Testing the new place should happen before buying or leasing. Observation skills are helpful but not foolproof, especially if the place has recently been renovated, painted, or had new flooring put in. Also mold is often concealed behind walls, under floors, behind cabinets or appliances, etc.
If you have mold symptoms that occur fairly quickly when being exposed or immediately afterward, observing whether or not you feel symptoms in a place is helpful. If you feel it or smell it, it’s there whether you see it or not.
Anything wet, musty, or humid is 100% chance of mold. Basements or other below grade buildings, dirt crawlspaces, even raised slab crawlspaces often harbor mold and can be very difficult to keep dry enough to prevent mold occurring.
Central HVAC’s are also notorious for mold, especially if they have flex ducting or are in a vented, unconditioned crawlspace or attic.
It’s very hard to avoid every building scenario that is conducive to mold growth, though. CIRS information recommends looking for a house 3-8 years old that has not had any water damage or mold issues. Less than 3 years is probably off gassing too many toxins. The idea is to get a place that has off gassed a good bit before water damage occurs and then work your butt off doing meticulous cleaning, home maintenance, leak checks, etc. from that point on to keep it that way.
There are good resources on other sites about
what to look for, what to avoid, how to clean and maintain. (survivingmold, biotoxinjourney, paradigmchange.me). The last one has a link to the book Beginners Guide to Mold Avoidance, which has a chapter on possessions. There are also small particle cleaning instructions for both possessions and cleaning the air and surfaces inside a building. See links here: https://paradigmchange.me/wp/approach-3/
N95 mask is probably okay for dust. For mold or mycotoxins get P100. I just ordered P100 half face masks made by 3M and they worked pretty well and were less than $20. They can be cleaned and reused. If you use half face mask, you will need goggles too. I ordered a full face mask ($$$) but it was too heavy and pulled forward on my head from the weight. I will be returning that one.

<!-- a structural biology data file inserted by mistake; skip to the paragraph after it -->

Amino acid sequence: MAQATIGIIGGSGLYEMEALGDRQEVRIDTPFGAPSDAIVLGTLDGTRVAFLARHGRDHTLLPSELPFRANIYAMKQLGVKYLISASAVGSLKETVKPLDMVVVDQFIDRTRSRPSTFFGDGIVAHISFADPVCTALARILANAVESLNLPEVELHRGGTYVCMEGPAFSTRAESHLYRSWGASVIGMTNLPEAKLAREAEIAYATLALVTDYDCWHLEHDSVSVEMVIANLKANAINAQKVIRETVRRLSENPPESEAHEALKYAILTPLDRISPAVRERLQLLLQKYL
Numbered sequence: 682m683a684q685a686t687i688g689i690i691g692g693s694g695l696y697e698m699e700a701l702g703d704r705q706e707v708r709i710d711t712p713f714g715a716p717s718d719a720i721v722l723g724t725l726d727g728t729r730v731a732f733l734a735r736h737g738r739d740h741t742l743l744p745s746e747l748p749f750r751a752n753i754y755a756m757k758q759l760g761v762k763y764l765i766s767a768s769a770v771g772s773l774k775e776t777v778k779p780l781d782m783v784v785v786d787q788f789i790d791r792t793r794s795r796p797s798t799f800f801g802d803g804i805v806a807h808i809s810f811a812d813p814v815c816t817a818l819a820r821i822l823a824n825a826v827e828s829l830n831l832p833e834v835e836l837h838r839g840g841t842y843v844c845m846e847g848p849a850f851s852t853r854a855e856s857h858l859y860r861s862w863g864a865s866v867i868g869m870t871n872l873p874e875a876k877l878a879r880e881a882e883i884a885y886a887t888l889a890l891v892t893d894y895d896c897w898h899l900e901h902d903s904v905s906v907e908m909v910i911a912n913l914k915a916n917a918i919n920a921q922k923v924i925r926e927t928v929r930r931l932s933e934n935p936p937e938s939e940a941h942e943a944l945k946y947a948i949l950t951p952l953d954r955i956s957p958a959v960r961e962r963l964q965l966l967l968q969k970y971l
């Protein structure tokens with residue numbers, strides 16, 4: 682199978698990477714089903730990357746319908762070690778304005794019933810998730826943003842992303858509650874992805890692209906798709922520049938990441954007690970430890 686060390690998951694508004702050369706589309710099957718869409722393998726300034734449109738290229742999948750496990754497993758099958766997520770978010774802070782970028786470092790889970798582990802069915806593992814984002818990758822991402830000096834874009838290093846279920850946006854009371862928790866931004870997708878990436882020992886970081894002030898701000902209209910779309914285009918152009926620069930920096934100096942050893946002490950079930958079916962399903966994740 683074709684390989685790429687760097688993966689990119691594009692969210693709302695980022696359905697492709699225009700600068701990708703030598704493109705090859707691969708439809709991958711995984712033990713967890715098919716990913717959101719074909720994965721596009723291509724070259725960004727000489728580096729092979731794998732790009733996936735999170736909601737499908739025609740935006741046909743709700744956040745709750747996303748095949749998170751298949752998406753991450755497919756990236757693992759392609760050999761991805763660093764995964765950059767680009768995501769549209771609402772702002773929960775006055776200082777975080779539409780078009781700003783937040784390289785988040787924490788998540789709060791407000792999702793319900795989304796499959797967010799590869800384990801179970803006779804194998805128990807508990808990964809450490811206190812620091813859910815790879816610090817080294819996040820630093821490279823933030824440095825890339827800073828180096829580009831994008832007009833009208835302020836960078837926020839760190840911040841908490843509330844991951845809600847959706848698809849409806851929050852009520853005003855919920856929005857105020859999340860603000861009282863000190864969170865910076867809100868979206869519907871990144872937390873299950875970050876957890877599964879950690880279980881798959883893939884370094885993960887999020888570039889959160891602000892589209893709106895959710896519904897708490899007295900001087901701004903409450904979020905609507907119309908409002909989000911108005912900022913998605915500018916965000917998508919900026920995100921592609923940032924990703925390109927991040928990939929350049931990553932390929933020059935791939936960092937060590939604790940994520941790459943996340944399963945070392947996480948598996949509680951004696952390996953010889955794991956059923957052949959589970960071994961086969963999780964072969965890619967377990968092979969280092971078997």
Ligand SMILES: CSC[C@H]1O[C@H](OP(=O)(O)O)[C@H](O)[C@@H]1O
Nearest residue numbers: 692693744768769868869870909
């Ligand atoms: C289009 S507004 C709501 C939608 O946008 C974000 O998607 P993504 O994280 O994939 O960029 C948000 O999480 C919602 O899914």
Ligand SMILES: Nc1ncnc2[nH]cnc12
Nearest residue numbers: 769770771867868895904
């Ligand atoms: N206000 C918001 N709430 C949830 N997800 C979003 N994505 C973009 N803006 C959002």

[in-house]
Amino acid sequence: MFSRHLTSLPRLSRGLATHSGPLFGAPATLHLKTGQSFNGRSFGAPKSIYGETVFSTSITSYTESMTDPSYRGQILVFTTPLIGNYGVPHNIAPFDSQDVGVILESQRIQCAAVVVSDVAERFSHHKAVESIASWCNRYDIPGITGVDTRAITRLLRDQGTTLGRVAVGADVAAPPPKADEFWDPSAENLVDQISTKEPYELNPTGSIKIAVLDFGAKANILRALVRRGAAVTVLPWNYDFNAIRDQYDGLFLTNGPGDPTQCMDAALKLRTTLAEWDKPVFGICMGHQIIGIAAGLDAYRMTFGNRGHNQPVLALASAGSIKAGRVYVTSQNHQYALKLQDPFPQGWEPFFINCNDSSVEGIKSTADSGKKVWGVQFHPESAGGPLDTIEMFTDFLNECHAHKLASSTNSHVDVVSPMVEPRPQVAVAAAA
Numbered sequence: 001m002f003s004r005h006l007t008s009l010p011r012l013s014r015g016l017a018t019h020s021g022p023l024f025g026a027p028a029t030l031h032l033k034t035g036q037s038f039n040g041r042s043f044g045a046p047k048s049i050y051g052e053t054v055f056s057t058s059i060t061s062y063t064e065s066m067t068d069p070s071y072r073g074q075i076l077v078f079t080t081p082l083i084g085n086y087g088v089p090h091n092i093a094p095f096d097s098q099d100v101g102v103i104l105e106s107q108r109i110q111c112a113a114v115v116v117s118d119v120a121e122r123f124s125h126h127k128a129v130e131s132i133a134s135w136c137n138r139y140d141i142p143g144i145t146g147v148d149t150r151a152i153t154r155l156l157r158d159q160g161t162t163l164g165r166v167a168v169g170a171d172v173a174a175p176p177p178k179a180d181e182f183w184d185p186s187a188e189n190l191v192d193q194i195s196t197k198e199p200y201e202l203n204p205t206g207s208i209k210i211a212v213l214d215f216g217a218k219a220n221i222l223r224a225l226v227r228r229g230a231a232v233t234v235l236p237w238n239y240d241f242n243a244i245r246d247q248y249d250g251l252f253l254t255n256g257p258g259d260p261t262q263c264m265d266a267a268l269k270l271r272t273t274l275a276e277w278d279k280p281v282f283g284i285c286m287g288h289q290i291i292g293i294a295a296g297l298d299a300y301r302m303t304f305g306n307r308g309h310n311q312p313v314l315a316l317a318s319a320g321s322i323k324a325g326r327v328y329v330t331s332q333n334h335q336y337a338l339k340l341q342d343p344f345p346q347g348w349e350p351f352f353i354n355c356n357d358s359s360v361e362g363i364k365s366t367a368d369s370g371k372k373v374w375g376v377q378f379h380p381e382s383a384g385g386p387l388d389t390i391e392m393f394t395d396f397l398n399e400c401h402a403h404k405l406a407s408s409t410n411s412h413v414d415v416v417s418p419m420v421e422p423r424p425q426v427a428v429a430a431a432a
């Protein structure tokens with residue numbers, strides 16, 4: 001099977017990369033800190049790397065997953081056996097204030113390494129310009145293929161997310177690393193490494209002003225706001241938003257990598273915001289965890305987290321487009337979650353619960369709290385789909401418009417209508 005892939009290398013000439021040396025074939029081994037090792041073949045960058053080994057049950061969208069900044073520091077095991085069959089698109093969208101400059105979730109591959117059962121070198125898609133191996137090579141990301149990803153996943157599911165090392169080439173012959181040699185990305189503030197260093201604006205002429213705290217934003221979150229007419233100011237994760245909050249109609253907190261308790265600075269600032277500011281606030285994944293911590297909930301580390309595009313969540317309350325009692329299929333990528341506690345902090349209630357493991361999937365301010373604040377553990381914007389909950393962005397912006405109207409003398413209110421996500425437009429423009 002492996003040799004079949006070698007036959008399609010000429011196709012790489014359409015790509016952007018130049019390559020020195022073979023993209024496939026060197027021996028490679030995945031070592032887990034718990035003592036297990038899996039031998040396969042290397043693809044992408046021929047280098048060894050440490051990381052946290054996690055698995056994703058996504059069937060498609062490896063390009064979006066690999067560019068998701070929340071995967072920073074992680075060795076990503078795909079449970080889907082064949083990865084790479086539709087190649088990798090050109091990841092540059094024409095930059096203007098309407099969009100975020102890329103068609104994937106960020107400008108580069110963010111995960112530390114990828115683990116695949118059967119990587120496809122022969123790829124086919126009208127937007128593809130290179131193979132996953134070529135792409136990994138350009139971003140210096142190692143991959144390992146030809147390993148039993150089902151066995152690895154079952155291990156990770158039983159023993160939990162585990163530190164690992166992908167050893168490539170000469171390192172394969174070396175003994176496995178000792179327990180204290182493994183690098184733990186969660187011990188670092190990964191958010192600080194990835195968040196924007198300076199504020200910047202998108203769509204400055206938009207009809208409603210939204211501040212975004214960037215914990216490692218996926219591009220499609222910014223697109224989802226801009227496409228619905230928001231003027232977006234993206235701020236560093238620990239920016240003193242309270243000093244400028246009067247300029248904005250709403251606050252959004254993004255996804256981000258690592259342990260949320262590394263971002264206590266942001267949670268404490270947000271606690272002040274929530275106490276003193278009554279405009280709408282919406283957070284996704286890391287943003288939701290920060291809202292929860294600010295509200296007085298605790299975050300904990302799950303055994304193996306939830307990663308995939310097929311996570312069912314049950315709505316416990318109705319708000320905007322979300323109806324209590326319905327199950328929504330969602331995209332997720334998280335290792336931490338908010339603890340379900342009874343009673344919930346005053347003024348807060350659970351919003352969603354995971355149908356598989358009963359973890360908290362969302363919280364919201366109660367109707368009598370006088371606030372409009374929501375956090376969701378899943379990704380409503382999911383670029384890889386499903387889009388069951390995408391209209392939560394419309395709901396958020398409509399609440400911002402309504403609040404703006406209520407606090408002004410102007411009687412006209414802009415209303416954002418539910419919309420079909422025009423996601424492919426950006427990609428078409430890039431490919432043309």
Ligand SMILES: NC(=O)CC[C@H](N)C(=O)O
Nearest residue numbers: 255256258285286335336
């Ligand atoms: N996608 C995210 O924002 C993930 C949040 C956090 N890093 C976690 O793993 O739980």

Mycometrics is who I did the ERMI with. However, I’m finding that mold inspectors insist they have to do the samples themselves due to liability issues and none in my area are CIRS literate, so they treat the ERMI like it’s some cheesy petri dish thing I bought at a store. Ignorance and lack of interest in learning anything new. The ERMI and HERTSMI-2 are what you need from a medical standpoint. Those are the only ones that have identified measurements connected to CIRS medical situations.
I am presently moving things out of the moldy house and putting them in a storage unit to be cleaned at a later time. Items are to be cleaned outside of the new, clean place and brought in one piece at a time to test for reactions.
Upholstered furniture, mattresses, porous items that cannot be washed are usually unable to be successfully cleaned and are trash. PAPER (paper, books, magazines, paper boxes, photos, etc) is the worst for holding toxins and causes severe reactions for me. I am putting photos and papers in storage until I can decide how I want to deal with them. They recommend scanning (or having someone else) scan those items for you and save them on a disk or thumb drive. You could also laminate some things if you want.
I would not move anything from the moldy place into the clean place until making sure I understood what type of cleaning is required for the particular item and thoroughly cleaned it and tested it outside the new place. If it passed that test then test it inside.
The effort required for fogging and wiping a building is extensive. You definitely don’t want to contaminate a clean environment with contaminated stuff. Cross contamination sounds hokey and hard to believe, but I can personally attest to its reality. It is NOT fun and can make you feel like you want to give up and die.
As far as possessions go, that can be very emotionally and financially difficult for some to ditch material things. For those who know they are severely affected, it’s a no-brainer. Nothing is worth that kind of suffering.
I was going to try to keep a solid wood chest of drawers I have had lifelong, as it’s a quality piece of furniture that you can’t find anymore without paying a fortune. However, once it was taken out of the house, I saw visible mold on the back of it. Same thing with a solid oak rocking chair that was like new - visible mold on the arms and legs. I don’t think I want to deal with trying to clean it. Cleaning isn’t easy. Unless you have an army of mold-safe volunteers to help with the cleaning, it can be a very overwhelming task. Just something to consider - is the item worth that level of effort.
Hope this is enough to help you out.